Trees and Tree-planting: With Exercises and Directions for the Celebration of Arbor Day

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Published under the auspices of the Ohio state forestry association, 1884 - Arbor Day - 64 pages
 

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Page 45 - THE groves were God's first temples. Ere man learned To hew the shaft, and lay the architrave. And spread the roof above them, — ere he framed The lofty vault, to gather and roll back The sound of anthems ; in the darkling wood, Amidst the cool and silence, he knelt down, And offered to the Mightiest solemn thanks And supplication.
Page 48 - And, when the sun begins to fling His flaring beams, me, goddess, bring To arched walks of twilight groves, And shadows brown, that Sylvan loves...
Page 59 - Twelve years have elapsed since I last took a view Of my favourite field, and the bank where they grew ; And now in the grass behold they are laid, And the tree is my seat that once lent me a shade. The blackbird has fled to another retreat, Where the hazels afford him a screen from the heat...
Page 57 - Oh, spare that aged oak Now towering to the skies! When but an idle boy, I sought its grateful shade; In all their gushing joy Here, too, my sisters played. My mother kissed me here; My father pressed my hand— Forgive this foolish tear, But let that old oak stand. My heart-strings round thee cling, Close as thy bark, old friend! Here shall the wild-bird sing, And still thy branches bend. Old tree! the storm still brave! And, woodman, leave the spot; While I've a hand to save, Thy axe shall harm...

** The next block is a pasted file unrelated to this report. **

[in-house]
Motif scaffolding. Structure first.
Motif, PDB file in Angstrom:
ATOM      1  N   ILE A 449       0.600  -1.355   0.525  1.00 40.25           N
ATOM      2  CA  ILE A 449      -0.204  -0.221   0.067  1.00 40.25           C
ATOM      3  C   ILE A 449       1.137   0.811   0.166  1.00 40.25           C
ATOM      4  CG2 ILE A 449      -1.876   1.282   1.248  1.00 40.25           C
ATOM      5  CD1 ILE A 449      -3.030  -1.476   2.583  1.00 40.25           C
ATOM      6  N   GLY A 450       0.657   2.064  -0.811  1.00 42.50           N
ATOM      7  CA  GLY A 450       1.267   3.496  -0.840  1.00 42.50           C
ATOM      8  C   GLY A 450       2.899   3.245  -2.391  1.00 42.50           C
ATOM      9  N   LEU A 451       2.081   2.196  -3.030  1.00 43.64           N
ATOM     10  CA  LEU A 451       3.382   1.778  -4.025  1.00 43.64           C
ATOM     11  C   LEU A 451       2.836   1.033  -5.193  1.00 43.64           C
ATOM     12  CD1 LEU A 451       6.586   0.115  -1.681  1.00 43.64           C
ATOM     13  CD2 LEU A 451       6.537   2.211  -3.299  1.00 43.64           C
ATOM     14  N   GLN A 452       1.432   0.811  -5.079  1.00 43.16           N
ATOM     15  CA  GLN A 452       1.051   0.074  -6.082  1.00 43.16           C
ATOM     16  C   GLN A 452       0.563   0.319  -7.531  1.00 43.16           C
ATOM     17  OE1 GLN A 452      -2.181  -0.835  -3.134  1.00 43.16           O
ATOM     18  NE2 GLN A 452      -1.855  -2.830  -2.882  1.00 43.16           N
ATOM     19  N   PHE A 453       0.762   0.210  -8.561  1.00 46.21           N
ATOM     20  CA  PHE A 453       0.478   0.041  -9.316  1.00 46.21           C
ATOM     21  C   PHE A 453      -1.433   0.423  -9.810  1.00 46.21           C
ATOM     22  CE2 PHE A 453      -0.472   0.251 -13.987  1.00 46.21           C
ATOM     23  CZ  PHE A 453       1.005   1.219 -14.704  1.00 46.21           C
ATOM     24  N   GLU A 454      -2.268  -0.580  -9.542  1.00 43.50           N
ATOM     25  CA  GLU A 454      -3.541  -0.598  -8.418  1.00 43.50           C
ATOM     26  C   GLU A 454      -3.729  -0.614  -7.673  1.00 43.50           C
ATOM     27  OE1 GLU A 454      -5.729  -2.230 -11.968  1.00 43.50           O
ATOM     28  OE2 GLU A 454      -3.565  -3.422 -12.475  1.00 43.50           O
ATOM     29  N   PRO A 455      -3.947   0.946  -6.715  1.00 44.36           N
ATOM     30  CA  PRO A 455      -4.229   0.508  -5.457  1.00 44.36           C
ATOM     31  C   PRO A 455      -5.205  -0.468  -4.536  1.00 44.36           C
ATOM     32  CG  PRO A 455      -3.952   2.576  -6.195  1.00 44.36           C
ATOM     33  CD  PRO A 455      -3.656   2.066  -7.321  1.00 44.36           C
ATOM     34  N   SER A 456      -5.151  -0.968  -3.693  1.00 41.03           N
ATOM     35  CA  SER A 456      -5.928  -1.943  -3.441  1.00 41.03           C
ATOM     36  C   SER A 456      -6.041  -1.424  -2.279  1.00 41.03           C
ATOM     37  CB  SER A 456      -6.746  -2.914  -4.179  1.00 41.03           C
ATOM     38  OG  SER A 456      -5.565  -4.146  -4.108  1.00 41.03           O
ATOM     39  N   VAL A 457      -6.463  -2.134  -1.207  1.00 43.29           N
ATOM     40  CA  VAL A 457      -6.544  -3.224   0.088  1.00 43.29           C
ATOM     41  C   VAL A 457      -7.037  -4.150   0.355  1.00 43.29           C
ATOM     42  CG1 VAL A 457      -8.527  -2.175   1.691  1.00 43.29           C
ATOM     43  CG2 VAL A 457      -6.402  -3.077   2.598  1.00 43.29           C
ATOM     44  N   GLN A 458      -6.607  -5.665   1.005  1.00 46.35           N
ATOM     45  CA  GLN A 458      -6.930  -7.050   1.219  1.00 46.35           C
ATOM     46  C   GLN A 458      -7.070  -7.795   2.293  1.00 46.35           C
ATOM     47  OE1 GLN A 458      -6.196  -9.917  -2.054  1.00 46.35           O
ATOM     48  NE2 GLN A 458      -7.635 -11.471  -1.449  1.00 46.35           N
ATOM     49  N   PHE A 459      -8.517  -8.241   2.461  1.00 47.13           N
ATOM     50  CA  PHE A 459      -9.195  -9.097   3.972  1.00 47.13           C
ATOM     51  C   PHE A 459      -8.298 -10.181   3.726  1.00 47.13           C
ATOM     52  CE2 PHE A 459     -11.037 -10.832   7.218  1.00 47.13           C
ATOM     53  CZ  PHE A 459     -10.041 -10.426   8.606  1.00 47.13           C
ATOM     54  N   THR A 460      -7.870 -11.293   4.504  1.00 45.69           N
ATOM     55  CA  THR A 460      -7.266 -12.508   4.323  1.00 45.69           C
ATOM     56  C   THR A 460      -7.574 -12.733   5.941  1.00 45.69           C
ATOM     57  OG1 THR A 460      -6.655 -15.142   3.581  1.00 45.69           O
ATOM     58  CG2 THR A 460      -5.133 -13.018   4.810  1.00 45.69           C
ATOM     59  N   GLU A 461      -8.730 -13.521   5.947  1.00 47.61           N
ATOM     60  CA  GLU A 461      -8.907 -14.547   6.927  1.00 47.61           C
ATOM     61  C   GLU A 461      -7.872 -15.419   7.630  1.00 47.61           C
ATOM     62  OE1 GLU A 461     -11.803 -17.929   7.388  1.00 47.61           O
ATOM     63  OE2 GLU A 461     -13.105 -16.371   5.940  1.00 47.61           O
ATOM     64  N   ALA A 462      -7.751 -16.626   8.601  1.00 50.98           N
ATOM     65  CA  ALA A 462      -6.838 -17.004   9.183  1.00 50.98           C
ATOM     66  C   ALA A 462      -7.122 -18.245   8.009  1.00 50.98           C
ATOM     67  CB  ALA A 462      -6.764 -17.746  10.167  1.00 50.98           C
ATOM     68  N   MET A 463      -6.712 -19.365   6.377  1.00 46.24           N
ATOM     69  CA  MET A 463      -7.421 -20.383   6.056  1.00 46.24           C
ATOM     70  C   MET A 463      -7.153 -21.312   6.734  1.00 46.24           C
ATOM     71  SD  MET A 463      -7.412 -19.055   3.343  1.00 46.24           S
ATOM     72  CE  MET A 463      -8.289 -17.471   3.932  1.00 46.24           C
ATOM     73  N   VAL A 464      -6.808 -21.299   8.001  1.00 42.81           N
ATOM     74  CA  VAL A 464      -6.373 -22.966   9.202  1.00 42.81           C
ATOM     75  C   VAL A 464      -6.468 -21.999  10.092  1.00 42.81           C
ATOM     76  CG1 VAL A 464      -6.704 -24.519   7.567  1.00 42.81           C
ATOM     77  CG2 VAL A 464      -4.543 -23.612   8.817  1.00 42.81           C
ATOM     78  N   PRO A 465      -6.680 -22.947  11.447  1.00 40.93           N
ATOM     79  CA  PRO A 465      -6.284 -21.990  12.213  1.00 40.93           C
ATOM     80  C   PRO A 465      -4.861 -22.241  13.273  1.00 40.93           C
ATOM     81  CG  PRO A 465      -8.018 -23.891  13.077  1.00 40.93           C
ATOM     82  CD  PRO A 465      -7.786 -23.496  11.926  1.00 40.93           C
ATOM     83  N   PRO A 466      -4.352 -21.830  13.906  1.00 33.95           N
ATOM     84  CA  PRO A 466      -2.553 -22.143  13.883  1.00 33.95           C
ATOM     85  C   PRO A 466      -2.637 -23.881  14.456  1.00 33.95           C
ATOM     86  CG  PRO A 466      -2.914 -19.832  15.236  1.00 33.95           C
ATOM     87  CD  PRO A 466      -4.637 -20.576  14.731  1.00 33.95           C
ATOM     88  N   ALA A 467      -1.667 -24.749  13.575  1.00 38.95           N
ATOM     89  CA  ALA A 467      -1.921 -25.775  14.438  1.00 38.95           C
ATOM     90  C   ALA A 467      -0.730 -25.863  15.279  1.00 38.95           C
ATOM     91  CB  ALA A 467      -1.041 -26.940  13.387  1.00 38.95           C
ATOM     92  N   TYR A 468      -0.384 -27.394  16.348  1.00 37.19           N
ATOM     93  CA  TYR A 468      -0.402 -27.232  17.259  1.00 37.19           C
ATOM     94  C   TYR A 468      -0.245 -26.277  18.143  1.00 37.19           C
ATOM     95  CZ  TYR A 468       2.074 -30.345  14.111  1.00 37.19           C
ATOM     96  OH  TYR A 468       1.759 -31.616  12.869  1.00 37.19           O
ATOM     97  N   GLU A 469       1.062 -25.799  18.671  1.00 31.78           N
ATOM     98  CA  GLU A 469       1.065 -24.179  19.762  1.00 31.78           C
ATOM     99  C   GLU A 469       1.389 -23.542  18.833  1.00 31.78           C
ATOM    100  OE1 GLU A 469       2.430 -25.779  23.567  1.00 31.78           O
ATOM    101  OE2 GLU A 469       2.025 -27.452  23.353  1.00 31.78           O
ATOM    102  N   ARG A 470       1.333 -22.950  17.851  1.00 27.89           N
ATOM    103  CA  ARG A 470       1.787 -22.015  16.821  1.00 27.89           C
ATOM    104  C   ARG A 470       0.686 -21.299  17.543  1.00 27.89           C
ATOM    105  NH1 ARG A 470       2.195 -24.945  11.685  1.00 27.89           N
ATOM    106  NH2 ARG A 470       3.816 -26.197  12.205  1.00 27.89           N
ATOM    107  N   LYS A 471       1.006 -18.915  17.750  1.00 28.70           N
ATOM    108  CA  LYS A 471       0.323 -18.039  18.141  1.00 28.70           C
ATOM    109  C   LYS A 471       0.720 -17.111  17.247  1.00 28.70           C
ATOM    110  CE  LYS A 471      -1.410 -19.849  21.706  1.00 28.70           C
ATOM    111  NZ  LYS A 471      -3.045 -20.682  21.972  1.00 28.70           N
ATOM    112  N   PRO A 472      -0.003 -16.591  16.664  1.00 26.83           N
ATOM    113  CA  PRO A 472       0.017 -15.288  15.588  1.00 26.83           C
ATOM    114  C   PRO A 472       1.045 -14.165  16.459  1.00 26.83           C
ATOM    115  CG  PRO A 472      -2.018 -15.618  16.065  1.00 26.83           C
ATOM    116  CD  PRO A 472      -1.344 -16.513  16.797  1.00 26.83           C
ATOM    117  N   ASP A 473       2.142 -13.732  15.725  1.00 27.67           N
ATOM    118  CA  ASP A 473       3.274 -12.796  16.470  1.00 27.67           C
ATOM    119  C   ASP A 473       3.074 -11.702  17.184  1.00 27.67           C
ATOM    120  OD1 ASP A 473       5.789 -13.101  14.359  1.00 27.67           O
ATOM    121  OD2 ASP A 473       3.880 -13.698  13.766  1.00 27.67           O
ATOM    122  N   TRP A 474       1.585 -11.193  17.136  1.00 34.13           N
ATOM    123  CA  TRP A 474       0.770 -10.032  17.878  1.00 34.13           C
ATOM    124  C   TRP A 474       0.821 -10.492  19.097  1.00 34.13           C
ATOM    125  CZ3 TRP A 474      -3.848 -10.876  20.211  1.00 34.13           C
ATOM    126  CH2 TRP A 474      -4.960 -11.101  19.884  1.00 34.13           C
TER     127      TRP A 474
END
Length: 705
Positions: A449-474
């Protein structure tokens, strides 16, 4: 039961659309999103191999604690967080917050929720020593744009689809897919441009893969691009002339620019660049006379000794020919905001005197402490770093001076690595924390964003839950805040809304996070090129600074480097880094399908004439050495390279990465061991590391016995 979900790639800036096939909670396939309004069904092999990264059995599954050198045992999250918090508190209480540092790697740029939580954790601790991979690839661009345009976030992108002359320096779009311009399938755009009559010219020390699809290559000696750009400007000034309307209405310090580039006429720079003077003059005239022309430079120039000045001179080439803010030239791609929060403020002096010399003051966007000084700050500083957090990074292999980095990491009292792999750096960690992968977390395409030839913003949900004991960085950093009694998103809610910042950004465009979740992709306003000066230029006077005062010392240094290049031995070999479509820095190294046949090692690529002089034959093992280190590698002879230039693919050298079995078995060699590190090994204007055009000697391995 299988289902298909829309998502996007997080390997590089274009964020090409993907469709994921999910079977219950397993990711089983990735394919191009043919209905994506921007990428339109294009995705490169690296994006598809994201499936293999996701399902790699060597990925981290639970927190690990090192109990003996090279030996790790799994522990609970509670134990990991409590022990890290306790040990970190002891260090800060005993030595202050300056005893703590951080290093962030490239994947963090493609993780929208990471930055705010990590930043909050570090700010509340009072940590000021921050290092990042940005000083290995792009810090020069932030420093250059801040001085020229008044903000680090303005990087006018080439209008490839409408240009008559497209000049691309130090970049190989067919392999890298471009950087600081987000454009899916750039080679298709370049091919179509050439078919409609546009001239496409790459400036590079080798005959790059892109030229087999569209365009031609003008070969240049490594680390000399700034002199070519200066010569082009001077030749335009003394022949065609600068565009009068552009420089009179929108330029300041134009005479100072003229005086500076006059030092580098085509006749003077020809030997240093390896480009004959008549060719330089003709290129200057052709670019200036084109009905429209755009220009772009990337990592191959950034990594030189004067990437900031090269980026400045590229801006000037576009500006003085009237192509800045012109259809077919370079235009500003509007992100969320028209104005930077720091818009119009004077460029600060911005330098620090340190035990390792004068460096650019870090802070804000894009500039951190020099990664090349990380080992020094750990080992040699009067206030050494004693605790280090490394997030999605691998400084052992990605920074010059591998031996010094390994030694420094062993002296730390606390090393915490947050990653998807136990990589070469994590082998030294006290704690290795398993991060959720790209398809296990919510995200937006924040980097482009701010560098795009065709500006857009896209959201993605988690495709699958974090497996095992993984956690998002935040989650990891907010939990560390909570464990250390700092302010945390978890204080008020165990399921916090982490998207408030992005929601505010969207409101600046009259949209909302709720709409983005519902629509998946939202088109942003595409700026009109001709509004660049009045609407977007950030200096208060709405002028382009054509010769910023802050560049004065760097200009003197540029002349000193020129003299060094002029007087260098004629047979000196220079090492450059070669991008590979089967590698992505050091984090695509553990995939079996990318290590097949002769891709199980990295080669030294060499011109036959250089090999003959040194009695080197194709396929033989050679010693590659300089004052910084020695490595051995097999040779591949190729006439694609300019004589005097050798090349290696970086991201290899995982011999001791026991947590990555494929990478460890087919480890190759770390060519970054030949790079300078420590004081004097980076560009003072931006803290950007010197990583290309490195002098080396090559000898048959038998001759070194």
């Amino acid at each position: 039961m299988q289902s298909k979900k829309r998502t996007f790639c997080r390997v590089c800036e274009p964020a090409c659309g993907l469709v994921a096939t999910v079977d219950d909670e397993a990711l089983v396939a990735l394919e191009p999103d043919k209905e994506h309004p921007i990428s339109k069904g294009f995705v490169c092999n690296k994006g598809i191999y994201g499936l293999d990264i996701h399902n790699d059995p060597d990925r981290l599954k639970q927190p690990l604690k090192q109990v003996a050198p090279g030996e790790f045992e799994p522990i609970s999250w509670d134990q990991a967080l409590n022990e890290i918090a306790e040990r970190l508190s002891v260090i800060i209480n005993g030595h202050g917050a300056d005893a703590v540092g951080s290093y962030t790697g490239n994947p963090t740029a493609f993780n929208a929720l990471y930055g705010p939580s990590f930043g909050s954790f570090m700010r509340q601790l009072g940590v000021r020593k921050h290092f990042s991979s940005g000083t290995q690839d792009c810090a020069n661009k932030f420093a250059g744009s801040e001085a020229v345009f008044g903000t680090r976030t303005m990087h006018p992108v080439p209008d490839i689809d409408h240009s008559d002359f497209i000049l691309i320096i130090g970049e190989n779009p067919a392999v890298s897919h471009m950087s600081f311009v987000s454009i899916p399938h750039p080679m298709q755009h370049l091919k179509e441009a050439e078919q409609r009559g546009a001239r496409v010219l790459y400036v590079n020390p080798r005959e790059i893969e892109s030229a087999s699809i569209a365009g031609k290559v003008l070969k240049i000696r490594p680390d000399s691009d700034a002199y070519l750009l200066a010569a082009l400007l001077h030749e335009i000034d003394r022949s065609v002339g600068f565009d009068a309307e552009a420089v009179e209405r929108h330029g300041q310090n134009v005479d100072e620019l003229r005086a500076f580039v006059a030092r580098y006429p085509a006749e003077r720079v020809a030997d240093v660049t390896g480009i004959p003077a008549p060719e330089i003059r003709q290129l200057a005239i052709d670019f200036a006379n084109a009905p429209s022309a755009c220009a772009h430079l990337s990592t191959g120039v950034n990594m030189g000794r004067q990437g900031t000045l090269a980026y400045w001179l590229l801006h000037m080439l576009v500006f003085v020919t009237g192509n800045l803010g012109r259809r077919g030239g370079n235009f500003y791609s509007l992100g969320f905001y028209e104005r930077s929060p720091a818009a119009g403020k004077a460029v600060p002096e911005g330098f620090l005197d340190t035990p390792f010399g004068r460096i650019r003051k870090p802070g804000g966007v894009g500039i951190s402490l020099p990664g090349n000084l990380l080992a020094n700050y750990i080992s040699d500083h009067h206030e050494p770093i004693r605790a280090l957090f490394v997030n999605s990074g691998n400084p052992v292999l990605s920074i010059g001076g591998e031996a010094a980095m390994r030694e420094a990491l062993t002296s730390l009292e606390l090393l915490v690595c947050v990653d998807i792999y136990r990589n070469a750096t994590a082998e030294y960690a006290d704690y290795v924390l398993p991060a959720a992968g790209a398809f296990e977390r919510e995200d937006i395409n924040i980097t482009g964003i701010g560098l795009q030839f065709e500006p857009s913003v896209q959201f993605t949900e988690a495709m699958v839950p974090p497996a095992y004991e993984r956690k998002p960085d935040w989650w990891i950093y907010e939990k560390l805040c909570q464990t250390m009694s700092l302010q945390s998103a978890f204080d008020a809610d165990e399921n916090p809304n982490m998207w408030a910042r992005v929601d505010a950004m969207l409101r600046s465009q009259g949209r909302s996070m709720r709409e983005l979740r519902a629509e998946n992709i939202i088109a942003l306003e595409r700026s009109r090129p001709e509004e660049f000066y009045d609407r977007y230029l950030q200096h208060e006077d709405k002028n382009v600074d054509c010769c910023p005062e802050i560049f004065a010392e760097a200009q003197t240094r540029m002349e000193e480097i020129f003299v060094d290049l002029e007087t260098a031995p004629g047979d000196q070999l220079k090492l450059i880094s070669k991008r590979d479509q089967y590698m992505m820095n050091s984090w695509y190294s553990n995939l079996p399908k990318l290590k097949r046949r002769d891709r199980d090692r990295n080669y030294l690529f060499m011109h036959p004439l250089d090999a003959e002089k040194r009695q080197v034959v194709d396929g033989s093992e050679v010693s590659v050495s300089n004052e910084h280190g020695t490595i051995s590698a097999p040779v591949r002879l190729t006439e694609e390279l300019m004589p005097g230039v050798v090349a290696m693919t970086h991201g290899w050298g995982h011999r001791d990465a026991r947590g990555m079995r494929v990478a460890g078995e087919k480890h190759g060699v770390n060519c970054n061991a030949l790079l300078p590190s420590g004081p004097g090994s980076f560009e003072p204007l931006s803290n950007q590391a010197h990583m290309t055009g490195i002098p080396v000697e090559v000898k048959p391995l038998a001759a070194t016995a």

Page 57 - Woodman, spare that tree ! Touch not a single bough ! In youth it sheltered me, And I'll protect it now.
Page 60 - Time made thee what thou wast, king of the woods ; And Time hath made thee what thou art — a cave For owls to roost in.
Page 55 - A prayer-book now shall be my looking-glass, In which I will adore sweet virtue's face. Here dwell no hateful looks, no palace cares, No broken vows dwell here, nor pale-faced fears...
Page 61 - Hail, old patrician trees, so great and good! Hail, ye plebeian under-wood ! Where the poetic birds rejoice, And for their quiet nests and plenteous food Pay, with their grateful voice. Hail, the poor Muses...
Page 61 - The Laurell, meed of mightie Conquerours And Poets sage ; the Firre that weepeth still : The Willow, worne of forlorne Paramours ; The Eugh...
Page 59 - I care not how men trace their ancestry, To ape or Adam ; let them please their whim ; But I in June am midway to believe A tree among my far progenitors, Such sympathy is mine with all the race, Such mutual recognition vaguely sweet There is between us.

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